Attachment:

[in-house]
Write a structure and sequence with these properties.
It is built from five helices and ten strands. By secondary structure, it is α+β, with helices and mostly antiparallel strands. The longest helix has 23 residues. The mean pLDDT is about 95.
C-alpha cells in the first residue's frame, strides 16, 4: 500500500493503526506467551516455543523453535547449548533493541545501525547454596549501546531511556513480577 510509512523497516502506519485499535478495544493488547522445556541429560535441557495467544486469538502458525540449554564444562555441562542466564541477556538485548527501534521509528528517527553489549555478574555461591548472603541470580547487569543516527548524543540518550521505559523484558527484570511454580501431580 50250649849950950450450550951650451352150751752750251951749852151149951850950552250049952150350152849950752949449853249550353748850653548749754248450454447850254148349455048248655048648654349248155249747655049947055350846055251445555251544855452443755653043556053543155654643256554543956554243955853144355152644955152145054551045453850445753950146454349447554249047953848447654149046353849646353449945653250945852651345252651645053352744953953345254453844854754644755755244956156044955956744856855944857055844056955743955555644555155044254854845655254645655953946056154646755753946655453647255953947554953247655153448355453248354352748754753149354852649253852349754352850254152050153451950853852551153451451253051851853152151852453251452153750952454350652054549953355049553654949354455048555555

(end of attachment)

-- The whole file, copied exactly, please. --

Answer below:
[in-house]
Write a structure and sequence with these properties.
It is built from five helices and ten strands. By secondary structure, it is α+β, with helices and mostly antiparallel strands. The longest helix has 23 residues. The mean pLDDT is about 95.
C-alpha cells in the first residue's frame, strides 16, 4: 500500500493503526506467551516455543523453535547449548533493541545501525547454596549501546531511556513480577 510509512523497516502506519485499535478495544493488547522445556541429560535441557495467544486469538502458525540449554564444562555441562542466564541477556538485548527501534521509528528517527553489549555478574555461591548472603541470580547487569543516527548524543540518550521505559523484558527484570511454580501431580 50250649849950950450450550951650451352150751752750251951749852151149951850950552250049952150350152849950752949449853249550353748850653548749754248450454447850254148349455048248655048648654349248155249747655049947055350846055251445555251544855452443755653043556053543155654643256554543956554243955853144355152644955152145054551045453850445753950146454349447554249047953848447654149046353849646353449945653250945852651345252651645053352744953953345254453844854754644755755244956156044955956744856855944857055844056955743955555644555155044254854845655254645655953946056154646755753946655453647255953947554953247655153448355453248354352748754753149354852649253852349754352850254152050153451950853852551153451451253051851853152151852453251452153750952454350652054549953355049553654949354455048555555